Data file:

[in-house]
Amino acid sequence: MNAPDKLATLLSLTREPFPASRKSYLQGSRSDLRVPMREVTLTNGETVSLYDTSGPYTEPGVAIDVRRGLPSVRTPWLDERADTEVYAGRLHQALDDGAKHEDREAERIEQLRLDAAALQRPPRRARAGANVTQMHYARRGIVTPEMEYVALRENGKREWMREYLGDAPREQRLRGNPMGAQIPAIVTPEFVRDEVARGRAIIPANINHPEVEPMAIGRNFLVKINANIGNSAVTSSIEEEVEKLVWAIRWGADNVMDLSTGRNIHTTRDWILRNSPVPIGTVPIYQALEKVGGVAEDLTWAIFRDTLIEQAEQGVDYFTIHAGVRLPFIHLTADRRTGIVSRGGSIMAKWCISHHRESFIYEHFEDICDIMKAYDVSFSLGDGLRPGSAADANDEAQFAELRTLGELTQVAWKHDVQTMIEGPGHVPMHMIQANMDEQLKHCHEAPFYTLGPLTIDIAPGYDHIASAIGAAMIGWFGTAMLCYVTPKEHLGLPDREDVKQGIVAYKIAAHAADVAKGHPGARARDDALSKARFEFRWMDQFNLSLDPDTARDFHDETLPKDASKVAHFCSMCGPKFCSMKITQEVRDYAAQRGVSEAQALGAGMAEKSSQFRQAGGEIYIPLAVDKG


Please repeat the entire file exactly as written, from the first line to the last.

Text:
[in-house]
Amino acid sequence: MNAPDKLATLLSLTREPFPASRKSYLQGSRSDLRVPMREVTLTNGETVSLYDTSGPYTEPGVAIDVRRGLPSVRTPWLDERADTEVYAGRLHQALDDGAKHEDREAERIEQLRLDAAALQRPPRRARAGANVTQMHYARRGIVTPEMEYVALRENGKREWMREYLGDAPREQRLRGNPMGAQIPAIVTPEFVRDEVARGRAIIPANINHPEVEPMAIGRNFLVKINANIGNSAVTSSIEEEVEKLVWAIRWGADNVMDLSTGRNIHTTRDWILRNSPVPIGTVPIYQALEKVGGVAEDLTWAIFRDTLIEQAEQGVDYFTIHAGVRLPFIHLTADRRTGIVSRGGSIMAKWCISHHRESFIYEHFEDICDIMKAYDVSFSLGDGLRPGSAADANDEAQFAELRTLGELTQVAWKHDVQTMIEGPGHVPMHMIQANMDEQLKHCHEAPFYTLGPLTIDIAPGYDHIASAIGAAMIGWFGTAMLCYVTPKEHLGLPDREDVKQGIVAYKIAAHAADVAKGHPGARARDDALSKARFEFRWMDQFNLSLDPDTARDFHDETLPKDASKVAHFCSMCGPKFCSMKITQEVRDYAAQRGVSEAQALGAGMAEKSSQFRQAGGEIYIPLAVDKG